Lives in the Yiddish Theatre



Binyamin Chaim Reiz
(Ber Meir)

Born on 31 January 1863 in Brisk, D'Lita. Until he became a bar-mitzvah he learned with the best religious teachers [melamdim], then he spent two years in the Volzhin yeshiva, where he also began to take up a secular education. Later he created together with volunteer teachers in the course of a middle school, but due to the various disadvantages he did not go to the examination for his certificate of graduation [mature].

In 1881 he settled in Warsaw, where he was dealing in merchandise, and in earlier times he turned to literature. He debuted with a series of stories in "Hasif," and in the daily "HaTzfira," in which throughout the year he published large and small stories, as well as critiques and publicity articles, and during his touring as a traveling salesman across deep Russia. He used to publish small novels and articles in the Russian press. During the time of the First World War he worked in the daily orthodox Yiddish newspapers, "Dos yudishe vort" and "Yud."

During the First World War, being in Warsaw, he got a job as a censor for the German press department, lost his post, and according to F. Korn:

"His condition became worse every day. At home there began to be a shortage of necessary basics. His only son, who at the time was a student in high school (gymnasium) in Warsaw, whom he loved very much, could not be provided with a music teacher. This was a great tragedy for both R. and his wife. Due to her depression, his wife, whom he loved very deeply, began to grow ill. She suffered from her illness at home until her death. The death of his wife, whom he adored, left its mark on his future life; the mark of loneliness.

Korn convinced him to write something about his life experiences deep in Russia, and under the pressure of poverty he started to write skits and novels that could be printed in Polish translations in "Nova Gazetta." He also wrote a play that was presented on the Polish stage; however it wasn't a financial success.

R. also composed several Yiddish plays for the theatre, among them "God's Finger," "The Sixth Symphony," and "Constable Merzavin," which were presented in the Yiddish theatre.

Y.L. Wohlman wrote about his play, "The Sixth Symphony":

"This time we were honored with a lyrical play from the directors of the 'Elysium' Theatre. The play is as described on he poster as 'lyrical,' and it is indeed lyrical. Its name is 'The Sixth Symphony.' The subject is as old as heaven and earth. The hero is Kronenberg, a Jewish landowner. He has a daughter named Rochelle, a girl, neither sweet nor sour. From her spiritual cultural point of view, neither I nor the writer and perhaps herself doesn't know how, but she falls in love. Like most other heroines in all the other dramas, even in the simplest drama, she falls in love with a man of flesh and blood. In lyrical dramas she must fall in love lyrically... so it must be. Rochelle falls in love with her music teacher. But her parents, as expected, don't want this match. Hence it becomes a drama, but this one is a terrifying one."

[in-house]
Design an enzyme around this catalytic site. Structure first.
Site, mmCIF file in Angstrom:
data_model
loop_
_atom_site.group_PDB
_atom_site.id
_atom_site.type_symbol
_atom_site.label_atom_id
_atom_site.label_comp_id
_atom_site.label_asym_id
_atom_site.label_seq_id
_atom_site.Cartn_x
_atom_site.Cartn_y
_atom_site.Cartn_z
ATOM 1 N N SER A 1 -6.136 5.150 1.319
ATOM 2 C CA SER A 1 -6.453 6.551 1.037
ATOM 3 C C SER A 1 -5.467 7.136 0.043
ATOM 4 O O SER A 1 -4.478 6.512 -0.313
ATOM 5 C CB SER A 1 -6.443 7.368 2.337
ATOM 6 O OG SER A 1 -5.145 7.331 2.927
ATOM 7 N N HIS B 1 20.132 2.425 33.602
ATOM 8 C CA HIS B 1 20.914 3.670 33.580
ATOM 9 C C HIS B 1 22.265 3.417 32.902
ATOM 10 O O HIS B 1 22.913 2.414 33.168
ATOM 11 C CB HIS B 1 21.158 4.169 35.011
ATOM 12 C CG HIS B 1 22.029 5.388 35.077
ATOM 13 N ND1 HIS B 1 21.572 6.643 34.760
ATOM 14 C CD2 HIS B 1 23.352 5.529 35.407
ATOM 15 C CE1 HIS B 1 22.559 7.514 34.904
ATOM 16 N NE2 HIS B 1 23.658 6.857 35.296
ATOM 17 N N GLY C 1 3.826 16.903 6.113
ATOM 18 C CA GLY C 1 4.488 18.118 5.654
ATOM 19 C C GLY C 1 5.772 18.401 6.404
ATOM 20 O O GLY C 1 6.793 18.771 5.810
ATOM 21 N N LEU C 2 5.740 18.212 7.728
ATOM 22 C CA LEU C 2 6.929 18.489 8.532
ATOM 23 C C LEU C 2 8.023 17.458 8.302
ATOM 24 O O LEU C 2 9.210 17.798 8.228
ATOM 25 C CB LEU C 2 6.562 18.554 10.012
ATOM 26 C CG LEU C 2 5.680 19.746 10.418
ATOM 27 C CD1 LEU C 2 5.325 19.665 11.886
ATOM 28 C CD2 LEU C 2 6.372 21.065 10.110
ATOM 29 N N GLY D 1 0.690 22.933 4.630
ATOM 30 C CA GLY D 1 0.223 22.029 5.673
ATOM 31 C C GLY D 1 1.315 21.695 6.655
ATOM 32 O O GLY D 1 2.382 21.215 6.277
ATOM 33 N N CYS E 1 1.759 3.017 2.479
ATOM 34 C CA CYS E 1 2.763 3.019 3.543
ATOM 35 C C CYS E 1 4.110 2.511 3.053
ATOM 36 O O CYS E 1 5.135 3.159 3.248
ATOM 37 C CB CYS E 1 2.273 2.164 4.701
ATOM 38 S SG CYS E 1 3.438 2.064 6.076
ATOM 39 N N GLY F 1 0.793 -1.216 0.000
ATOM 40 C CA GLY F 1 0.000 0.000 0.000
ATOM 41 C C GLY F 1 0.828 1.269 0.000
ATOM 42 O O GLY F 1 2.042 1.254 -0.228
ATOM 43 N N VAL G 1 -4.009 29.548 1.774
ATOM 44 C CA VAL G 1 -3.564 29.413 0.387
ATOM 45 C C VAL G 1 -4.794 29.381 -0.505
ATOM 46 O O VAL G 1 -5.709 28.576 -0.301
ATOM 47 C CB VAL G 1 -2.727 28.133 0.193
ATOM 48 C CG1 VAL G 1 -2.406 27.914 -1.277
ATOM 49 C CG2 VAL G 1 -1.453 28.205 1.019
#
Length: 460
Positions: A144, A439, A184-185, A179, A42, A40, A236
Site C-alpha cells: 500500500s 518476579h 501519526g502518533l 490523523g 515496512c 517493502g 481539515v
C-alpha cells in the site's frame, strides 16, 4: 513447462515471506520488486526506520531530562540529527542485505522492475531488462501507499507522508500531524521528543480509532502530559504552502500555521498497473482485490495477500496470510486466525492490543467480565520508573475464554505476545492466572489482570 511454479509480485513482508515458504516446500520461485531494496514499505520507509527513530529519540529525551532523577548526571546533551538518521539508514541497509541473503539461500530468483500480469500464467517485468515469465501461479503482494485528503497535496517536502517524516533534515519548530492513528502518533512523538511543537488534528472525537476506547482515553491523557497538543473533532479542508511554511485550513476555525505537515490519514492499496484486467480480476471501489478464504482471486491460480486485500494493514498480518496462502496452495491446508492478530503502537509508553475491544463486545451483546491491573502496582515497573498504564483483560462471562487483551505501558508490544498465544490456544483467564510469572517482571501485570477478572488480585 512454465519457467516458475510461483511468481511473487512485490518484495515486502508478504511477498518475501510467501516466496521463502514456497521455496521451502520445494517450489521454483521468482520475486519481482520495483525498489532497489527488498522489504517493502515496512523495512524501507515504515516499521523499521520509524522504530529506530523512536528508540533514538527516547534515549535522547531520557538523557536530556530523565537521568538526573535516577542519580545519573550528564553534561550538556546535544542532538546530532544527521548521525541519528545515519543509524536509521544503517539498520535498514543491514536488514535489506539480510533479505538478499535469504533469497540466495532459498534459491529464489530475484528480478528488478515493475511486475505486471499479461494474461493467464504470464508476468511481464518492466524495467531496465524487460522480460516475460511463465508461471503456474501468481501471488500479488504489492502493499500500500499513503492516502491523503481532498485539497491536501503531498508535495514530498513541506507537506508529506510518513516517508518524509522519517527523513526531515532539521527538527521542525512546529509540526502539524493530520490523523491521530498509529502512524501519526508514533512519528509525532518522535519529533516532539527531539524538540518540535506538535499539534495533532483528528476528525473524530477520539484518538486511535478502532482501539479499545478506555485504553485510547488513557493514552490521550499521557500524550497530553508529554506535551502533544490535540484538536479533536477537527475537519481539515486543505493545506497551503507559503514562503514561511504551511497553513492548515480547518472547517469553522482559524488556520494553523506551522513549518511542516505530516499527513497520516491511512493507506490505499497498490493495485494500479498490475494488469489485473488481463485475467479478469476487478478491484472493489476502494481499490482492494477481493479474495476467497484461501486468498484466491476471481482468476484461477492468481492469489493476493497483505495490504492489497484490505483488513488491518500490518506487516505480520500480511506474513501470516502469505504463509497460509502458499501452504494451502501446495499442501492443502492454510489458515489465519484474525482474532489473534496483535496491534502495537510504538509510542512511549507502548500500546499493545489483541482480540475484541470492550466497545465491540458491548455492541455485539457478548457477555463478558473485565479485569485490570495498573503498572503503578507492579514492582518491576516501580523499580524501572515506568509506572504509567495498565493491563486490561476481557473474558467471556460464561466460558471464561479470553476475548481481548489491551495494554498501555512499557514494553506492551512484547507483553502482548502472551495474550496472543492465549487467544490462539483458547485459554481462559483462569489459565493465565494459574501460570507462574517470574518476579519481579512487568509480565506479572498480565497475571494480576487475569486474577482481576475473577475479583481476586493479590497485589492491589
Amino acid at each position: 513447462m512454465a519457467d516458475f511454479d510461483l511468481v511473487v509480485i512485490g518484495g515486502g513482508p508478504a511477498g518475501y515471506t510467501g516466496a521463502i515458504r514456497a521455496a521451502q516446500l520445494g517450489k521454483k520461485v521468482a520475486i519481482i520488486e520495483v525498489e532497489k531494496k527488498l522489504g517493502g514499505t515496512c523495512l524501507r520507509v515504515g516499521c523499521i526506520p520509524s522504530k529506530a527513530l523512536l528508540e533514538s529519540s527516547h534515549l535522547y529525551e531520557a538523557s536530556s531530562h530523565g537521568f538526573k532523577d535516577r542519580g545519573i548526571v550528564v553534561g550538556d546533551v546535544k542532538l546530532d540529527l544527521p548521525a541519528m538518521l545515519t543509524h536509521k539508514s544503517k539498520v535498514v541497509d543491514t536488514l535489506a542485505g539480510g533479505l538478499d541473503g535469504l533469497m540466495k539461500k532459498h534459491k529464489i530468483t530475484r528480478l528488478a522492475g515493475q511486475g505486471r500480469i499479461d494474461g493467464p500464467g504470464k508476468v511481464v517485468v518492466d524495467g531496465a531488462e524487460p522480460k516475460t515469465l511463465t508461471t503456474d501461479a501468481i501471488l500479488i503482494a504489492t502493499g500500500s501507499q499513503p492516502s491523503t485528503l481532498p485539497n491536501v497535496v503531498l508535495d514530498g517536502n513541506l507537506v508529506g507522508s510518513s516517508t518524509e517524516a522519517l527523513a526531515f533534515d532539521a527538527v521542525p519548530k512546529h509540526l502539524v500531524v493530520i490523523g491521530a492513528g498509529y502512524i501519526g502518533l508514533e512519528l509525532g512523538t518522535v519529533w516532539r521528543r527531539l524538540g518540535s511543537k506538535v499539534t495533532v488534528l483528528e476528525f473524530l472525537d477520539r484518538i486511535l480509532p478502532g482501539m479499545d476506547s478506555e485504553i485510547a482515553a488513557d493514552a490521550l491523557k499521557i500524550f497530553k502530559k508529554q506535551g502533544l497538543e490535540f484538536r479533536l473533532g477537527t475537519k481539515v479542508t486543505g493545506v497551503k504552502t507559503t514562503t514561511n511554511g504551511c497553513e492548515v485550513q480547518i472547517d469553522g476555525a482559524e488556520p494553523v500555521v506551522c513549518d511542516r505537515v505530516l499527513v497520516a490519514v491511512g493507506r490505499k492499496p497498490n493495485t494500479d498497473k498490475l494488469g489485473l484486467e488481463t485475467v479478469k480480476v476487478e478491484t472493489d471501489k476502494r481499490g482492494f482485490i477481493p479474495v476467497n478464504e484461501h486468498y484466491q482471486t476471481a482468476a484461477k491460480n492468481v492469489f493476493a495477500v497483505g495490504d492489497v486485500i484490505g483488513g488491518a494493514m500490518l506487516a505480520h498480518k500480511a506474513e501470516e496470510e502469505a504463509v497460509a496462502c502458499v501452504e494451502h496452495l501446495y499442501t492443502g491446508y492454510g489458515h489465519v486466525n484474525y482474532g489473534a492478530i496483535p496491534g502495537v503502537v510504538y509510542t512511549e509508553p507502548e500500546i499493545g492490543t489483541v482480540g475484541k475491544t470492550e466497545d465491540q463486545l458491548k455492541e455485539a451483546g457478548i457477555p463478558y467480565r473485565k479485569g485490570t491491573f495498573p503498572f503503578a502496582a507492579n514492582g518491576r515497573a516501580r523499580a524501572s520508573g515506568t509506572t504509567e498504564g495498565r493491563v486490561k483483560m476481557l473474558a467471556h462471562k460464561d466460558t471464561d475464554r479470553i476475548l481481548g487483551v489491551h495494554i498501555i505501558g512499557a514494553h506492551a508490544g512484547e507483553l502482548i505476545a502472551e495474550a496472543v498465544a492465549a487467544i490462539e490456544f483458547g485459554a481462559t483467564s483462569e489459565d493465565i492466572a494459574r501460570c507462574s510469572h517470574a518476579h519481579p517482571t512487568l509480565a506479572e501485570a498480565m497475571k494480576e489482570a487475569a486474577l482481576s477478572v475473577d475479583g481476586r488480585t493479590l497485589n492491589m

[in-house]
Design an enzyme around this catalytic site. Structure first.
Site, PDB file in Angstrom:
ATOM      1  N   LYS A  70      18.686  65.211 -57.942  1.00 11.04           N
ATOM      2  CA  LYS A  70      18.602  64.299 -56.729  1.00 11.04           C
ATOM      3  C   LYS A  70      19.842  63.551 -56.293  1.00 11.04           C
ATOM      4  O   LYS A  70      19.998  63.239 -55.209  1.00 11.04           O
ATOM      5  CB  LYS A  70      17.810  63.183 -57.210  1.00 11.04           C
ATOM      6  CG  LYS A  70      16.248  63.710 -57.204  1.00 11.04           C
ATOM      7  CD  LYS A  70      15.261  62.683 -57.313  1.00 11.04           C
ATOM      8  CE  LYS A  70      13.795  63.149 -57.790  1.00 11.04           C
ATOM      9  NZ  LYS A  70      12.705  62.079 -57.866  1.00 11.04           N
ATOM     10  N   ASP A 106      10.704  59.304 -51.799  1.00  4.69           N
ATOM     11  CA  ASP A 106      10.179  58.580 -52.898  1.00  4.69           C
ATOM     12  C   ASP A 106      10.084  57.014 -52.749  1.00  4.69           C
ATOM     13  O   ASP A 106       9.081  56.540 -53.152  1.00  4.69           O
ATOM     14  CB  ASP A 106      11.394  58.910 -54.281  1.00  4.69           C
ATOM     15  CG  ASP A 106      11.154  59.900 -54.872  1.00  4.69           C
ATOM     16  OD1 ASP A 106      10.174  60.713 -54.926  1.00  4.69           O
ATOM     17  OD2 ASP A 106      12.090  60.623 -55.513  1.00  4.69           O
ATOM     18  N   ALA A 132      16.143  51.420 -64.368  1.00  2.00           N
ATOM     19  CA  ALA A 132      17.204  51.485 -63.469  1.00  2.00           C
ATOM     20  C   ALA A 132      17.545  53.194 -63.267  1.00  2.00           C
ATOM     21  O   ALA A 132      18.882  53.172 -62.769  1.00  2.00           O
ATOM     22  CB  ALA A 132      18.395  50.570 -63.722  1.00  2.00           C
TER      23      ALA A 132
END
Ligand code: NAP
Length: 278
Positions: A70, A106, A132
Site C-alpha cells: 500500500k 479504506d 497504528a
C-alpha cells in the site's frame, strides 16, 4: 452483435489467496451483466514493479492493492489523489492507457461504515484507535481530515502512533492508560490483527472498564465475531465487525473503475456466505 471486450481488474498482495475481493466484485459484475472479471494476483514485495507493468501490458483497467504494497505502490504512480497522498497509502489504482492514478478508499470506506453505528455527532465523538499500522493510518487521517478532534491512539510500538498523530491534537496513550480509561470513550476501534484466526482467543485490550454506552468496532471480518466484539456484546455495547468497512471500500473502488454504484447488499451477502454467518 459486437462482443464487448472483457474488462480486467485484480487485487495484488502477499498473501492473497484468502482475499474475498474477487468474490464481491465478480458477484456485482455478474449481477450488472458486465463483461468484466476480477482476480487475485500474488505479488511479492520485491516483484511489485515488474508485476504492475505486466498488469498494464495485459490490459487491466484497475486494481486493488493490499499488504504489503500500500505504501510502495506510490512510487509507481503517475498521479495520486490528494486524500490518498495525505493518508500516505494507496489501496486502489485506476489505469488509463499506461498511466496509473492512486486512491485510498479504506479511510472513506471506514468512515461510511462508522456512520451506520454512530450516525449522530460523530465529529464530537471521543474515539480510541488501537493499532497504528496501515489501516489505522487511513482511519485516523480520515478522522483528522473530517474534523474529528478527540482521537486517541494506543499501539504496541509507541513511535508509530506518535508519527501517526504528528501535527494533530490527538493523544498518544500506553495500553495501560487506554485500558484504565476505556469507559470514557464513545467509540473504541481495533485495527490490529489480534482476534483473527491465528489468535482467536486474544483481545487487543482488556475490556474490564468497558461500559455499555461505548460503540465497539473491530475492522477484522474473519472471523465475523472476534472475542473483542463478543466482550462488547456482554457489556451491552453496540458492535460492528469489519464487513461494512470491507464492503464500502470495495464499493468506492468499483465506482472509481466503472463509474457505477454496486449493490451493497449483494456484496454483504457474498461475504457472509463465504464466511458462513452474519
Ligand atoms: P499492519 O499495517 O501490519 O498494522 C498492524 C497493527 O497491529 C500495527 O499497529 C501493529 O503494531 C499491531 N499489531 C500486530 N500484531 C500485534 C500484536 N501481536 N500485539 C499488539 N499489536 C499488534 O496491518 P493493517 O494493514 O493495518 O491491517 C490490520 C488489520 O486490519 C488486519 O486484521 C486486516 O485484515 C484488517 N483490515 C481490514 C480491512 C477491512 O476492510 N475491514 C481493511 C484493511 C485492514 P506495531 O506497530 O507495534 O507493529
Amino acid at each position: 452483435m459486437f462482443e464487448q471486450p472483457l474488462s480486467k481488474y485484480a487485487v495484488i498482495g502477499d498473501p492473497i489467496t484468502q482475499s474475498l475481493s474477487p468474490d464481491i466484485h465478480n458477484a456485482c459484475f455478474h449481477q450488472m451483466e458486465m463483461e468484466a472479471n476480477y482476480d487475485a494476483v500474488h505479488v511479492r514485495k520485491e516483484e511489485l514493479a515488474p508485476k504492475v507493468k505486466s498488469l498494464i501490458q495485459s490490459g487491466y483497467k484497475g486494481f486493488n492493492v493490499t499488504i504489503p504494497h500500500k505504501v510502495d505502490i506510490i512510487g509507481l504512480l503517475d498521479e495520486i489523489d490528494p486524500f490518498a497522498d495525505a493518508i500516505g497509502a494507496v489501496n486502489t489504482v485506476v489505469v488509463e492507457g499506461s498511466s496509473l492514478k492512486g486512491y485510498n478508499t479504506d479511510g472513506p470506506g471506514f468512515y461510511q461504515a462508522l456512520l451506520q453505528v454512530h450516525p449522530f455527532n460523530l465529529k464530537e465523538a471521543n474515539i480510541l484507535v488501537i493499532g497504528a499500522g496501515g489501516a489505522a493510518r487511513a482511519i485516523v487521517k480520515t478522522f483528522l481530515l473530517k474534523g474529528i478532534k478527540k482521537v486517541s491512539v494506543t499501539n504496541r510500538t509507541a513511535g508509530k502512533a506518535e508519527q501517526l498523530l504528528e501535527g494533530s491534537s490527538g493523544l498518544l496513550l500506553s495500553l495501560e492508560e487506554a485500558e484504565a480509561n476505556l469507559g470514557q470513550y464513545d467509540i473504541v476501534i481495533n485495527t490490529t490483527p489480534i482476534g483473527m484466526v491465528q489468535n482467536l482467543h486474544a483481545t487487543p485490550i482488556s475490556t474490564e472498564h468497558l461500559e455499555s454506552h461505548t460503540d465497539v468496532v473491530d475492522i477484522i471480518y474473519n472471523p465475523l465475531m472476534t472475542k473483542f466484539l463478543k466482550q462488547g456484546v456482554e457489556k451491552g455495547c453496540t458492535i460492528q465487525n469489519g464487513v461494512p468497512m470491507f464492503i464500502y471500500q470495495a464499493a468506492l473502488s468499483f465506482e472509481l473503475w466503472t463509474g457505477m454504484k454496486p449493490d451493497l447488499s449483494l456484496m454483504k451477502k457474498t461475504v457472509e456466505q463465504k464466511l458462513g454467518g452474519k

N.M. (Mayzel) characterizes his so:

Whoever saw and met the ancient, gray B.Ch. Reiz could recognize immediately that this quiet, modest old man was a typical man from a bygone era who did not fit in to our hoo-ha-life. He was accustomed to the old-fashioned open spaces and to the old slow, cautiousness of the wide, far off Siberia, and to the quiet carefree life he lived there. He was used to the broad Russian natural world and the current, often cold atmosphere of this world was too narrow for him. He was happy to sit and chat with another person who understood this other world and location. ...Besides that, in Siberia he had an old love. This was the old-time newspaper “HaTzfira." In addition, lately he had frequently been published in today’s Jewish press …But it was…seldom that we met him in the company of journalists and writers.

R. passed away on 23 November 1933 in Warsaw.

  • Z. Reisen -- "Lexicon of Yiddish Literature," Vol. 4, Vilna, 1929, pp. 342-343 [342, 32-343].

  • N.M. [Mayzel] -- Binyamin khayim reyz, "Haynt," Warsaw, 24 November 1933.

  • F. Kor[n] -- Binyamin khayim reyz (B.Kh.R.), "Haynt," Warsaw, 2 March 1934.






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Adapted from the original Yiddish text found within the  "Lexicon of the Yiddish Theatre" by Zalmen Zylbercweig, Volume 6, page 5027.

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